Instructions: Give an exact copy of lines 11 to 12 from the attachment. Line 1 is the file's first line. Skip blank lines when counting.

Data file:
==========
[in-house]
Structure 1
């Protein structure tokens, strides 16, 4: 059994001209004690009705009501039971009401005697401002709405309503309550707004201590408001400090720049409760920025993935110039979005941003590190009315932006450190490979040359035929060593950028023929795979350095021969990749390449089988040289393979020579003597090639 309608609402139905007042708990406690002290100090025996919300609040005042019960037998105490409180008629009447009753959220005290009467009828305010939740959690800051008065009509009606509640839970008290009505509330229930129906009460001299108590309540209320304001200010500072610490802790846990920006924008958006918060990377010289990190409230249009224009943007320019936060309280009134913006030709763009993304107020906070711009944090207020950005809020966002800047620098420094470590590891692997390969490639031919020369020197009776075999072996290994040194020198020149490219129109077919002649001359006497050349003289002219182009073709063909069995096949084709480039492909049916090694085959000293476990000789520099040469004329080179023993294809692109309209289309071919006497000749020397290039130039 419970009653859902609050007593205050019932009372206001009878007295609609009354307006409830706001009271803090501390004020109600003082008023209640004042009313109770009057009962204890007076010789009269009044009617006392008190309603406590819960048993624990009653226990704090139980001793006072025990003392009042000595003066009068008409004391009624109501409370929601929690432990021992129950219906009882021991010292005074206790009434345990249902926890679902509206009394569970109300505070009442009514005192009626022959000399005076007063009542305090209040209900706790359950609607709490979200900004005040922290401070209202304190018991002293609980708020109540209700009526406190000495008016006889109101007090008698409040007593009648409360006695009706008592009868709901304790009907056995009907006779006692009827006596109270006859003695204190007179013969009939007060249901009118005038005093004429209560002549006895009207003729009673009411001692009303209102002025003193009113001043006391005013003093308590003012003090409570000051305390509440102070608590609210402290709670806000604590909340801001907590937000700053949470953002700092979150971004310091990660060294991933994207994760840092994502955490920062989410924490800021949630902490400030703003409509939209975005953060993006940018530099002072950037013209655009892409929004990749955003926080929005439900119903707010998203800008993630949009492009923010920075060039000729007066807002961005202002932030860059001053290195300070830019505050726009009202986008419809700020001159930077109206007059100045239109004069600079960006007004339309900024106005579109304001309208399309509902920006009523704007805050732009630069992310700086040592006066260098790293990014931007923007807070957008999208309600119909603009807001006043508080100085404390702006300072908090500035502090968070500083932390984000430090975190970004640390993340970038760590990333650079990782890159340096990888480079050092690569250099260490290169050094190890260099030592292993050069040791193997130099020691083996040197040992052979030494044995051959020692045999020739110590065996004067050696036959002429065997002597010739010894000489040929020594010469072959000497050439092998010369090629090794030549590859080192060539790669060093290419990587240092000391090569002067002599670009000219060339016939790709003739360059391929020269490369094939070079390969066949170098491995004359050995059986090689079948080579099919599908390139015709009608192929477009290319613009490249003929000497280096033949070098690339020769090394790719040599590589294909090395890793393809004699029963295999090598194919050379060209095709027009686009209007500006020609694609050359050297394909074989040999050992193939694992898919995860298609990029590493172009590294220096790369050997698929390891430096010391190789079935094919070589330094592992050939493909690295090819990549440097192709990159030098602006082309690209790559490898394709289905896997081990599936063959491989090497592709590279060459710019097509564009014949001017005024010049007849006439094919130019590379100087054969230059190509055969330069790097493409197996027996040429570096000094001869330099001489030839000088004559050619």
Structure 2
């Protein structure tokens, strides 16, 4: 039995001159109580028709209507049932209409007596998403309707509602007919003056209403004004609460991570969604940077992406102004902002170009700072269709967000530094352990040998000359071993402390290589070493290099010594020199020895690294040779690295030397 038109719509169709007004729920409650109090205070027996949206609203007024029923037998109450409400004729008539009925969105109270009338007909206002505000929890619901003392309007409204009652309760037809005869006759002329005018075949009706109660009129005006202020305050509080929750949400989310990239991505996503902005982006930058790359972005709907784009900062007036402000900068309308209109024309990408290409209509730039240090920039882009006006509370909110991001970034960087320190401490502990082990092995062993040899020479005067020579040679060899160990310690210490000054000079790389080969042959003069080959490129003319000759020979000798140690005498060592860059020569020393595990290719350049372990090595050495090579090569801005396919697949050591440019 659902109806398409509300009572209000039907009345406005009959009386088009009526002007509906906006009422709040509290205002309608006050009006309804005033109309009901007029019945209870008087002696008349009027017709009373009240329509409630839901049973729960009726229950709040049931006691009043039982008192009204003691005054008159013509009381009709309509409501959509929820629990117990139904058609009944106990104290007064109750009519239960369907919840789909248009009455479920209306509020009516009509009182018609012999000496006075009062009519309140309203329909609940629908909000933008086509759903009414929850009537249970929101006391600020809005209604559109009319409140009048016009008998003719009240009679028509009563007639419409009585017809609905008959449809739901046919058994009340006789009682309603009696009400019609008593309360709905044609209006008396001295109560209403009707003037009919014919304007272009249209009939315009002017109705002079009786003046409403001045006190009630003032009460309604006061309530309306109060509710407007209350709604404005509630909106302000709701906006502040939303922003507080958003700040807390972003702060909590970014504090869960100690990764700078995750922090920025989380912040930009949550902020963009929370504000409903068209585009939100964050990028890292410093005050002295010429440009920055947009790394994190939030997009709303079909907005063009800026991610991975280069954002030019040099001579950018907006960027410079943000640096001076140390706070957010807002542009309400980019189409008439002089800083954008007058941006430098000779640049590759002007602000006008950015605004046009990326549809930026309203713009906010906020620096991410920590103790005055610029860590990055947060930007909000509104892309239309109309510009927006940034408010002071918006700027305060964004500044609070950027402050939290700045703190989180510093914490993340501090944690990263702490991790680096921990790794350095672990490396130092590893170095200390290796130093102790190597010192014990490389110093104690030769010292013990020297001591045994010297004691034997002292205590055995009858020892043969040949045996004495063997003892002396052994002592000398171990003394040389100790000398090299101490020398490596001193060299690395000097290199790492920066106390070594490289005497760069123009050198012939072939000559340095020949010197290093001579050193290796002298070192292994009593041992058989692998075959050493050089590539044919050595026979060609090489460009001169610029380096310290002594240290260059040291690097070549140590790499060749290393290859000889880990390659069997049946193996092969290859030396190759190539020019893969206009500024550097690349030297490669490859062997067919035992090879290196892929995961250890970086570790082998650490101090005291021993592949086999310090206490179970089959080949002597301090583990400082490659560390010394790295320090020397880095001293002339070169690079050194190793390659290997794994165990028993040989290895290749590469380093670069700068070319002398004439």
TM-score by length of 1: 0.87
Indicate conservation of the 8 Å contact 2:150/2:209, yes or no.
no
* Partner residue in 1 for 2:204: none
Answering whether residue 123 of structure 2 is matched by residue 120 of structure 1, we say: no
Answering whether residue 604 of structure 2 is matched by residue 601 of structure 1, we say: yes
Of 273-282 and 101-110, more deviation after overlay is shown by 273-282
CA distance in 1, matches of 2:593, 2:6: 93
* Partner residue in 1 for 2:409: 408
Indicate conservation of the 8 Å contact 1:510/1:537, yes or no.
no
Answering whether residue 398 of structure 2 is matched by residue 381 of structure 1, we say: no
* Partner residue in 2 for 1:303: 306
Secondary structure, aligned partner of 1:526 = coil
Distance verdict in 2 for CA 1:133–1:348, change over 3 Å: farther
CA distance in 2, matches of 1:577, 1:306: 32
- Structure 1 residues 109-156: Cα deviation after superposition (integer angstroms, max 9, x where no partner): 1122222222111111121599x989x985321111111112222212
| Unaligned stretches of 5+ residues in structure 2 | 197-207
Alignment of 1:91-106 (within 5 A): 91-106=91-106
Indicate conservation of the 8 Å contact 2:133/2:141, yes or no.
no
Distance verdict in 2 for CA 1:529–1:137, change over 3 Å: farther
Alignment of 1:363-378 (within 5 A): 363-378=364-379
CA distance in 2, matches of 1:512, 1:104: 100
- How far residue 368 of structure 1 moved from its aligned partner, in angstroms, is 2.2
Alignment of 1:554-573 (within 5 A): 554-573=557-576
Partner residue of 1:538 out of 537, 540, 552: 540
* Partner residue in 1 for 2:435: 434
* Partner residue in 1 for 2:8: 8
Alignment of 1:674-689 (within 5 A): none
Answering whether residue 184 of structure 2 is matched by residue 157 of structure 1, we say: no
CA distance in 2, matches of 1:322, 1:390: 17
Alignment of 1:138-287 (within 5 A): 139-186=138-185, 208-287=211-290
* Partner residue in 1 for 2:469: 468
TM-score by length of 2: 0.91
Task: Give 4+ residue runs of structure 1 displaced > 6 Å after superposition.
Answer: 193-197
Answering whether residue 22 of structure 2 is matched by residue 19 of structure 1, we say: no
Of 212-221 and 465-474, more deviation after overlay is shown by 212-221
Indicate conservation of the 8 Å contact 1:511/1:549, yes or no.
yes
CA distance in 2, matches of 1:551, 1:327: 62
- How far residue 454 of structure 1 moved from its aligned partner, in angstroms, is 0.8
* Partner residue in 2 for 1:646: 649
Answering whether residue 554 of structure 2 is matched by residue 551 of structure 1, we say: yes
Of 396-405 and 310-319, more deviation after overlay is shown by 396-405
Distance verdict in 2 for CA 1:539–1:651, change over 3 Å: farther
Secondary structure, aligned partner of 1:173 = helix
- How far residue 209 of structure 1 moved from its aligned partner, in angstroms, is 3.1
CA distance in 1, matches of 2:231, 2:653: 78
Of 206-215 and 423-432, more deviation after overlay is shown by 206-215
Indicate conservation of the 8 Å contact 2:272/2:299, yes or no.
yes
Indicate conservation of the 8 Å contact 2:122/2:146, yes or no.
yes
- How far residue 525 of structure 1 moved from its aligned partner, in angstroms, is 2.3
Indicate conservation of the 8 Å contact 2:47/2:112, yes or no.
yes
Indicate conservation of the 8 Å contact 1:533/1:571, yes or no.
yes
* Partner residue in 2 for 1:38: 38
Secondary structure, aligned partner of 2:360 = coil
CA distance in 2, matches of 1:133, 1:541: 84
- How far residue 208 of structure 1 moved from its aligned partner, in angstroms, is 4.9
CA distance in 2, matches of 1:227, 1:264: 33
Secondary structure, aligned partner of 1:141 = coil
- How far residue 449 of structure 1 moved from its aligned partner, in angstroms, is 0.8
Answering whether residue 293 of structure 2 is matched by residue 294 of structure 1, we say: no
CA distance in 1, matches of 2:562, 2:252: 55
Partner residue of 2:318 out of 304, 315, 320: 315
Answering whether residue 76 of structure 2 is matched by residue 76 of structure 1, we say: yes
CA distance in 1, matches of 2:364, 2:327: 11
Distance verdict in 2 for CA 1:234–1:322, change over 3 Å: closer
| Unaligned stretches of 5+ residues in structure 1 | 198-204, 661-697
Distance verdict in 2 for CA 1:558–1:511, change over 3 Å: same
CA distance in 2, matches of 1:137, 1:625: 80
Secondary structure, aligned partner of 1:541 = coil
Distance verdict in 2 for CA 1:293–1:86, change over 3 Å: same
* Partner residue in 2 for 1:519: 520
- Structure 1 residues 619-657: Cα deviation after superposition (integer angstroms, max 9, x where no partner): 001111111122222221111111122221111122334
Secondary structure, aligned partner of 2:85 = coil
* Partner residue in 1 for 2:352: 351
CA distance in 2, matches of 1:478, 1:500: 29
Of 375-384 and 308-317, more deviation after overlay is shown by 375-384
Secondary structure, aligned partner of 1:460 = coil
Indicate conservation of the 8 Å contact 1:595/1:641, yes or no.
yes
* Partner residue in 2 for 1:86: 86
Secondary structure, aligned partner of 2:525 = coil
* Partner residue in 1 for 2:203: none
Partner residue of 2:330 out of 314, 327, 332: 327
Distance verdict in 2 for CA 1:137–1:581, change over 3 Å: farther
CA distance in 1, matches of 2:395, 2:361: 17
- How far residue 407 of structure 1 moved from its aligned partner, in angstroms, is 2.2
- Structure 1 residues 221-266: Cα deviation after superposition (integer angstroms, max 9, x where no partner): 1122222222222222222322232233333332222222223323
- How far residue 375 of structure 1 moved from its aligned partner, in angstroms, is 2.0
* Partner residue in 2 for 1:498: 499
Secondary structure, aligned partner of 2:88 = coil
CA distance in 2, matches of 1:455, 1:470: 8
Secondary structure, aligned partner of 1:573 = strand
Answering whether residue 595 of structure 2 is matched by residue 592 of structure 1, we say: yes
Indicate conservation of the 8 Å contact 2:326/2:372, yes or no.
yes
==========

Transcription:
Answering whether residue 604 of structure 2 is matched by residue 601 of structure 1, we say: yes
Of 273-282 and 101-110, more deviation after overlay is shown by 273-282